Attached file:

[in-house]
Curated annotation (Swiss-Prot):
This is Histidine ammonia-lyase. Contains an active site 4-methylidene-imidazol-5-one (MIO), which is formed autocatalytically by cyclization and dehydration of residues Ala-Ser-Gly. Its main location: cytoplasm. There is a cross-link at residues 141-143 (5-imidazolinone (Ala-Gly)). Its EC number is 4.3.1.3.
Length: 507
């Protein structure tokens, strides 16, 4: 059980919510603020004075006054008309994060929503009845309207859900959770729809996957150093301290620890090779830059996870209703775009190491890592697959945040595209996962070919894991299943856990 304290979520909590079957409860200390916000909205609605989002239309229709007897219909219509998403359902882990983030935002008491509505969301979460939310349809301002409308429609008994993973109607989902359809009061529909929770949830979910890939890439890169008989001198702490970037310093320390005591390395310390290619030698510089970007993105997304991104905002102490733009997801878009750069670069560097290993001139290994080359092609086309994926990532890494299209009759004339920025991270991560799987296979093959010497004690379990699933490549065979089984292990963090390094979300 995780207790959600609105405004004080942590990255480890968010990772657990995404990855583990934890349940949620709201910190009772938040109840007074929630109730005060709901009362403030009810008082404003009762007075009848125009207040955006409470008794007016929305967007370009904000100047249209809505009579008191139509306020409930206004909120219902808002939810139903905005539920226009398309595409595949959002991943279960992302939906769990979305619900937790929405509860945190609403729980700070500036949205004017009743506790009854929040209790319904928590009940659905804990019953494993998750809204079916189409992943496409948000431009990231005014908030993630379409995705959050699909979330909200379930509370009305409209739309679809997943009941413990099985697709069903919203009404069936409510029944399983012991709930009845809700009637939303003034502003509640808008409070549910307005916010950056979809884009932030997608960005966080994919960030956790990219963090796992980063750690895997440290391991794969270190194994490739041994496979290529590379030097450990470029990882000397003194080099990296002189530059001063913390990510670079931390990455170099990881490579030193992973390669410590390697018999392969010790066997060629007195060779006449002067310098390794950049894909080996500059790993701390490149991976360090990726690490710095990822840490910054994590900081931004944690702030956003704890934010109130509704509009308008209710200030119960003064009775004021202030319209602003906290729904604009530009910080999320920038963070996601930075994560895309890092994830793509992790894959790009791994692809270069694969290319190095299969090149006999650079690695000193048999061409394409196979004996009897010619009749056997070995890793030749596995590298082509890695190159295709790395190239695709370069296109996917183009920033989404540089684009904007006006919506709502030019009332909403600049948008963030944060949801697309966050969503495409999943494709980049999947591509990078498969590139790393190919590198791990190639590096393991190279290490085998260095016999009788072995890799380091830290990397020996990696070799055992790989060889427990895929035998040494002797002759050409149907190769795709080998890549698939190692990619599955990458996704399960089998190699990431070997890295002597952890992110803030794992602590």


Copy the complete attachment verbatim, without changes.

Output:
[in-house]
Curated annotation (Swiss-Prot):
This is Histidine ammonia-lyase. Contains an active site 4-methylidene-imidazol-5-one (MIO), which is formed autocatalytically by cyclization and dehydration of residues Ala-Ser-Gly. Its main location: cytoplasm. There is a cross-link at residues 141-143 (5-imidazolinone (Ala-Gly)). Its EC number is 4.3.1.3.
Length: 507
């Protein structure tokens, strides 16, 4: 059980919510603020004075006054008309994060929503009845309207859900959770729809996957150093301290620890090779830059996870209703775009190491890592697959945040595209996962070919894991299943856990 304290979520909590079957409860200390916000909205609605989002239309229709007897219909219509998403359902882990983030935002008491509505969301979460939310349809301002409308429609008994993973109607989902359809009061529909929770949830979910890939890439890169008989001198702490970037310093320390005591390395310390290619030698510089970007993105997304991104905002102490733009997801878009750069670069560097290993001139290994080359092609086309994926990532890494299209009759004339920025991270991560799987296979093959010497004690379990699933490549065979089984292990963090390094979300 995780207790959600609105405004004080942590990255480890968010990772657990995404990855583990934890349940949620709201910190009772938040109840007074929630109730005060709901009362403030009810008082404003009762007075009848125009207040955006409470008794007016929305967007370009904000100047249209809505009579008191139509306020409930206004909120219902808002939810139903905005539920226009398309595409595949959002991943279960992302939906769990979305619900937790929405509860945190609403729980700070500036949205004017009743506790009854929040209790319904928590009940659905804990019953494993998750809204079916189409992943496409948000431009990231005014908030993630379409995705959050699909979330909200379930509370009305409209739309679809997943009941413990099985697709069903919203009404069936409510029944399983012991709930009845809700009637939303003034502003509640808008409070549910307005916010950056979809884009932030997608960005966080994919960030956790990219963090796992980063750690895997440290391991794969270190194994490739041994496979290529590379030097450990470029990882000397003194080099990296002189530059001063913390990510670079931390990455170099990881490579030193992973390669410590390697018999392969010790066997060629007195060779006449002067310098390794950049894909080996500059790993701390490149991976360090990726690490710095990822840490910054994590900081931004944690702030956003704890934010109130509704509009308008209710200030119960003064009775004021202030319209602003906290729904604009530009910080999320920038963070996601930075994560895309890092994830793509992790894959790009791994692809270069694969290319190095299969090149006999650079690695000193048999061409394409196979004996009897010619009749056997070995890793030749596995590298082509890695190159295709790395190239695709370069296109996917183009920033989404540089684009904007006006919506709502030019009332909403600049948008963030944060949801697309966050969503495409999943494709980049999947591509990078498969590139790393190919590198791990190639590096393991190279290490085998260095016999009788072995890799380091830290990397020996990696070799055992790989060889427990895929035998040494002797002759050409149907190769795709080998890549698939190692990619599955990458996704399960089998190699990431070997890295002597952890992110803030794992602590």